Words of Advice:

"If Something Seems To Be Too Good To Be True, It's Best To Shoot It, Just In Case." -- Fiona Glenanne

"Foreign Relations Boil Down to Two Things: Talking With People or Killing Them." -- Unknown

"Mobs Do Not Rush Across Town to Do Good Deeds." -- James Lee Burke

"Colt .45s; putting bad guys underground since 1873." -- Unknown

"Stay Strapped or Get Clapped." -- probably not Mr. Rogers

"Let’s eat all of these people!” — Venom

"Eck!" -- George the Cat

Saturday, March 5, 2022

Shortwave Radio

If you live in places where the government might shut off the Internet, or if you want to be able to listen to foreign stuff in case a cyber attack disables shit, well, you may want to think about getting familiar with shortwave radio.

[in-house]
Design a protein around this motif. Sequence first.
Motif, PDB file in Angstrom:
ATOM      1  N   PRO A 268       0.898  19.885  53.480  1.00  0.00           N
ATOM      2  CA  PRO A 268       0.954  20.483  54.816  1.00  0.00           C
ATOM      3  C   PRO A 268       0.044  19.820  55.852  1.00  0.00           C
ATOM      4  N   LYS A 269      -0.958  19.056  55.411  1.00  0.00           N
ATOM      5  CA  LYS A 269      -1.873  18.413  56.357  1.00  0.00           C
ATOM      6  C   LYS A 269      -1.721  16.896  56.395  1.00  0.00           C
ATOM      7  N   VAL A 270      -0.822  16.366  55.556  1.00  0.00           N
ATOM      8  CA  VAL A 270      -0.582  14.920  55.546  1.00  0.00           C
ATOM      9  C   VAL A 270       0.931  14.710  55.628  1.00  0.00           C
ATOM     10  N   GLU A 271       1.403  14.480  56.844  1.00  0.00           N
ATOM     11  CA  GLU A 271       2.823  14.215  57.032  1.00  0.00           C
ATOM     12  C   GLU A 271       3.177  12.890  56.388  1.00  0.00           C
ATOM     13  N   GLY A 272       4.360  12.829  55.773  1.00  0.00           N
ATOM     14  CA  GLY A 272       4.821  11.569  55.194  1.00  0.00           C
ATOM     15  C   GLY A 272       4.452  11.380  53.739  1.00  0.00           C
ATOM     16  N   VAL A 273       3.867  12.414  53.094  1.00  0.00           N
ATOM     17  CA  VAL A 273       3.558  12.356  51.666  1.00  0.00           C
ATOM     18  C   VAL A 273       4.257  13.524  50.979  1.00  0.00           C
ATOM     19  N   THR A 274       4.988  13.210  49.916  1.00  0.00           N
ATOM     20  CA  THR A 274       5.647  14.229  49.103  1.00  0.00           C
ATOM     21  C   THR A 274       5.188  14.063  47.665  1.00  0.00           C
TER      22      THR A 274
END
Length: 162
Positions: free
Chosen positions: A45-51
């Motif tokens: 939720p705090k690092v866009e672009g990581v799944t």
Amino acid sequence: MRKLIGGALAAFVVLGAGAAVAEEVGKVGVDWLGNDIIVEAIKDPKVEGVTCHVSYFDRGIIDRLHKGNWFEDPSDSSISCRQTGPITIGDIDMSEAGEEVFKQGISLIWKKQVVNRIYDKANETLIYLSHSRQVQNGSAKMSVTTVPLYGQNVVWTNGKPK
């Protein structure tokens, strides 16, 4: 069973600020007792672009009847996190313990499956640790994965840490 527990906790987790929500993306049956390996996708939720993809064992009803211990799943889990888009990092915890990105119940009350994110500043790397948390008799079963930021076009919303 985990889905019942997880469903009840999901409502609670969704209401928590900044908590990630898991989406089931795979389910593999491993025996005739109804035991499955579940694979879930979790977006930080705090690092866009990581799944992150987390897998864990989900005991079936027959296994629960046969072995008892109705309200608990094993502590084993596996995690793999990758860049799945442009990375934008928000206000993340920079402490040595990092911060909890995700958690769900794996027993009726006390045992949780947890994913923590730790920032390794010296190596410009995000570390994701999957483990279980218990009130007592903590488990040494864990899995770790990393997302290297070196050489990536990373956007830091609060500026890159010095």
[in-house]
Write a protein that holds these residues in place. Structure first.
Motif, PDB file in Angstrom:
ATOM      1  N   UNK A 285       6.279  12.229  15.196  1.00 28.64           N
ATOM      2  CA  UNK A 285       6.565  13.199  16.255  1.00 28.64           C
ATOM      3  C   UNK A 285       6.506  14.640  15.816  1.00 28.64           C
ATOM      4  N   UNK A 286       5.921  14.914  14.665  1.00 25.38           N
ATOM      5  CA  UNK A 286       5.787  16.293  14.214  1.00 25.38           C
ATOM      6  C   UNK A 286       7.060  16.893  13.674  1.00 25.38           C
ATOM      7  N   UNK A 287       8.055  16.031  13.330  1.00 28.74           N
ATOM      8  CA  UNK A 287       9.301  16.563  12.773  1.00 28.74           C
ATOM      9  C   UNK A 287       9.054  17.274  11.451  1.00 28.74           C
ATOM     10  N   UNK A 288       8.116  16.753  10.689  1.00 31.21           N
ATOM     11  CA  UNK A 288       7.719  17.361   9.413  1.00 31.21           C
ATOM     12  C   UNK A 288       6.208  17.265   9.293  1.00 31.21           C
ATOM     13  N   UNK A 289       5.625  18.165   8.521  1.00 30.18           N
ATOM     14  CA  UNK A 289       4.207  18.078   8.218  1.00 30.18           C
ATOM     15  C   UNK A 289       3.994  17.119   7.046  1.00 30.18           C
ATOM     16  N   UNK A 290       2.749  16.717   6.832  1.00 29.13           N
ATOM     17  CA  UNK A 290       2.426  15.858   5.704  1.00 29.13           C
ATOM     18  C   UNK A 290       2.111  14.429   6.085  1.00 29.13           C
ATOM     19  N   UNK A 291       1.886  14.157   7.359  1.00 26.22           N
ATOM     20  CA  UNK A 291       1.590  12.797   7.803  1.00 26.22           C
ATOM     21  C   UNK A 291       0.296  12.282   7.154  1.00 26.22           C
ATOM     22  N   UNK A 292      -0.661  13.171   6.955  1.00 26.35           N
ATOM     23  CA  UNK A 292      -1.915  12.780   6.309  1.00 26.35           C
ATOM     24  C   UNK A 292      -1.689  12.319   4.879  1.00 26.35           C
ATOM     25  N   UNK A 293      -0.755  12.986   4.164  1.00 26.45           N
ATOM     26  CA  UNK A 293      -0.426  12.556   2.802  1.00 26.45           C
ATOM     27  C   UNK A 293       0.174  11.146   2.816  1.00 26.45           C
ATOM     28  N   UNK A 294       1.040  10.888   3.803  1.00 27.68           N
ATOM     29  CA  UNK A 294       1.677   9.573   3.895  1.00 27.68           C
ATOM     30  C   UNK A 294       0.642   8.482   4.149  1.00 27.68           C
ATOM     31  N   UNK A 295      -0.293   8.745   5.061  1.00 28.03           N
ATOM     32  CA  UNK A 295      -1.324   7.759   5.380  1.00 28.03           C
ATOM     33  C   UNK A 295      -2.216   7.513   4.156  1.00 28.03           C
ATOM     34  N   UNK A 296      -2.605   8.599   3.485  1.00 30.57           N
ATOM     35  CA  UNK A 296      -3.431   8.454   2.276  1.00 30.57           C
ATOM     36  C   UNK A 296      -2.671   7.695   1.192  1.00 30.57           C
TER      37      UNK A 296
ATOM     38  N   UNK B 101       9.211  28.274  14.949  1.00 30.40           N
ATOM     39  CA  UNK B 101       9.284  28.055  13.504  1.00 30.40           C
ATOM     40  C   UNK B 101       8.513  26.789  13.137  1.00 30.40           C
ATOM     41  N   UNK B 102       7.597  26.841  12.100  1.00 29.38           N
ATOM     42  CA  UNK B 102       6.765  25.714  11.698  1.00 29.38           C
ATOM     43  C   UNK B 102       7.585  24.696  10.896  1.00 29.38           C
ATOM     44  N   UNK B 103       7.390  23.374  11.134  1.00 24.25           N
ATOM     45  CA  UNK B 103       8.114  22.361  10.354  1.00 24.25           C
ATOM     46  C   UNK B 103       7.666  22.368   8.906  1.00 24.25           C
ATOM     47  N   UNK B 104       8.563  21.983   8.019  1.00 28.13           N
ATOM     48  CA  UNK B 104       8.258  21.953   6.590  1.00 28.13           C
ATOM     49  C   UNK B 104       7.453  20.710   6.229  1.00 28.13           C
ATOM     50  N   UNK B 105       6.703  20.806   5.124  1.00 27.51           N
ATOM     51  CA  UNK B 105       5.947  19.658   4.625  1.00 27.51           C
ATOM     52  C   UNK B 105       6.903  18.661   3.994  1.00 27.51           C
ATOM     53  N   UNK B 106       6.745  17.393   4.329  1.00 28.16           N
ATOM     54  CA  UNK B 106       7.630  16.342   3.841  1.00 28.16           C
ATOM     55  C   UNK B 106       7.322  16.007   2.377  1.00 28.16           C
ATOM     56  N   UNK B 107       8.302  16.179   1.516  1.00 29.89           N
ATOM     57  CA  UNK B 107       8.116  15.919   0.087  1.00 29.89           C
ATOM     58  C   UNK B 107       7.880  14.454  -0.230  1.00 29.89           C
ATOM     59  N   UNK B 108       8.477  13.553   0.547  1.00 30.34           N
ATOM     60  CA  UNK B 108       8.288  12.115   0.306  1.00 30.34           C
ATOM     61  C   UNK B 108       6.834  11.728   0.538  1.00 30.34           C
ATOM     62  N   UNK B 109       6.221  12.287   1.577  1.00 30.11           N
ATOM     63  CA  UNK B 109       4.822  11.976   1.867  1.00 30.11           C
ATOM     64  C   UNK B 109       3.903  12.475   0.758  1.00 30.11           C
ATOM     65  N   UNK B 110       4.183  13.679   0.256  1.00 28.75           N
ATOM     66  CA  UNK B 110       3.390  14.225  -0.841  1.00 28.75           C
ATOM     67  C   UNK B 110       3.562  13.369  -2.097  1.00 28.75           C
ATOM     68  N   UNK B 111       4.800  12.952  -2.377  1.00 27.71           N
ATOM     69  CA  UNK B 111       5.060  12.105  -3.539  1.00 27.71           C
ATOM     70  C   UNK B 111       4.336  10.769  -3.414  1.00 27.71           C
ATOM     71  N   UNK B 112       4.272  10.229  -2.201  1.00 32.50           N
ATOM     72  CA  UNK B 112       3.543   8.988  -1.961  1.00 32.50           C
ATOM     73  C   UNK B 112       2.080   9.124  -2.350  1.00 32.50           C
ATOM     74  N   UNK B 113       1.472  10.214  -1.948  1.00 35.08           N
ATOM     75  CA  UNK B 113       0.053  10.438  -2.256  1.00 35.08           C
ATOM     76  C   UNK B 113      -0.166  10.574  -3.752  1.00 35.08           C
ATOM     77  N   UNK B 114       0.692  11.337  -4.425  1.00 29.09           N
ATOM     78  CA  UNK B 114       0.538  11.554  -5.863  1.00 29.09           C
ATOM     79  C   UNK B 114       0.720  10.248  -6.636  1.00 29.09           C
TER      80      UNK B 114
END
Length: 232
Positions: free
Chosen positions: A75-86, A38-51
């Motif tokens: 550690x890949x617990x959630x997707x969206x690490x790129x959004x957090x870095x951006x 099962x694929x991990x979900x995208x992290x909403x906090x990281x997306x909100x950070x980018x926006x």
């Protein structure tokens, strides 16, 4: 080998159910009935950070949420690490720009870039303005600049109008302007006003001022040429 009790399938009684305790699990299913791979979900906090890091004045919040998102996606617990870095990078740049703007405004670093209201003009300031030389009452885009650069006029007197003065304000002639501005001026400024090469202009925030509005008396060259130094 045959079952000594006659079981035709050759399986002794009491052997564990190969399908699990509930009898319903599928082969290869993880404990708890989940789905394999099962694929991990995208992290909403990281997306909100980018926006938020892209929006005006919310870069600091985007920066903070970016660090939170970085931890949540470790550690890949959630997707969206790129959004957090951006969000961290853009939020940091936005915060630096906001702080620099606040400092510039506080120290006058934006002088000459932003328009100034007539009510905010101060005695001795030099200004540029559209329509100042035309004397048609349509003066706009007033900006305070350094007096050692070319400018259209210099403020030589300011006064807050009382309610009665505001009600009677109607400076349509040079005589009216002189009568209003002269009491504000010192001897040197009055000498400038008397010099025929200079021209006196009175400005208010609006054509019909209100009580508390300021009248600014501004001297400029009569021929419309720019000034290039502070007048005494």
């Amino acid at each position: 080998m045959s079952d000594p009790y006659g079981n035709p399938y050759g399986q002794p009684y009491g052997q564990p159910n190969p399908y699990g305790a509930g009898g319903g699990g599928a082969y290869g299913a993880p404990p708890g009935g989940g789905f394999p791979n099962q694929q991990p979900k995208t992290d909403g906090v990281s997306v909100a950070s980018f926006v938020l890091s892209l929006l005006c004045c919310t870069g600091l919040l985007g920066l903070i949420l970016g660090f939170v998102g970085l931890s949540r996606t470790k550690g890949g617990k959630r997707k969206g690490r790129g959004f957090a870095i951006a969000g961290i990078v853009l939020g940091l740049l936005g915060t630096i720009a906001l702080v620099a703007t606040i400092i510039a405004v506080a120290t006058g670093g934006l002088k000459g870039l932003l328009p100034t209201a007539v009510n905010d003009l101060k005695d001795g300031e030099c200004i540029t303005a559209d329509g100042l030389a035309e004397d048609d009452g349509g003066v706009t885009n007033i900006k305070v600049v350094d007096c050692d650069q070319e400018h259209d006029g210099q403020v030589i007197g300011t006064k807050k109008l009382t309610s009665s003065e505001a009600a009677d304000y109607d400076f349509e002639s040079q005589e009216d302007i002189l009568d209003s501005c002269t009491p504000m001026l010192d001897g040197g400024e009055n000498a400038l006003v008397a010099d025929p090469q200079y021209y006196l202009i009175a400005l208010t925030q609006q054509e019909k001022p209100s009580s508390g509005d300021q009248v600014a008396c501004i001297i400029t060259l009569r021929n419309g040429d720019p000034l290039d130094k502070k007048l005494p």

First off, if you have a lot of smart-shit running in your home, turn that crap off. It generates interference.

You can learn the basics and more at SWLing.com and at Radio Fidelity. Also, DXing.com

Finding stations to listen to can be, um, a bit of a pain. Try Shortwave Central or C.Crane's station index.

If you get into it, you're going to want to have a better antenna than the telescoping one on a portable radio. You can make your own out of a length of wire and string it around your room, like spies or Soviet citizens used to do. If you go to running a wire outside, beware of power lines. Far more people than you might believe have fried themselves that way.

2 comments:

Sport Pilot said...

Good advice, I already had an SW receiver, have purchased a handheld, and am studying for my Technicians license. I'll be adding to it but the portable can also be set for marine bands which will be useful.

BTW, thanks for the links.

Glypto Dropem said...

In my house, the recessed LED lights on a dimmer in my kitchen cause the most interference.

Your results may vary.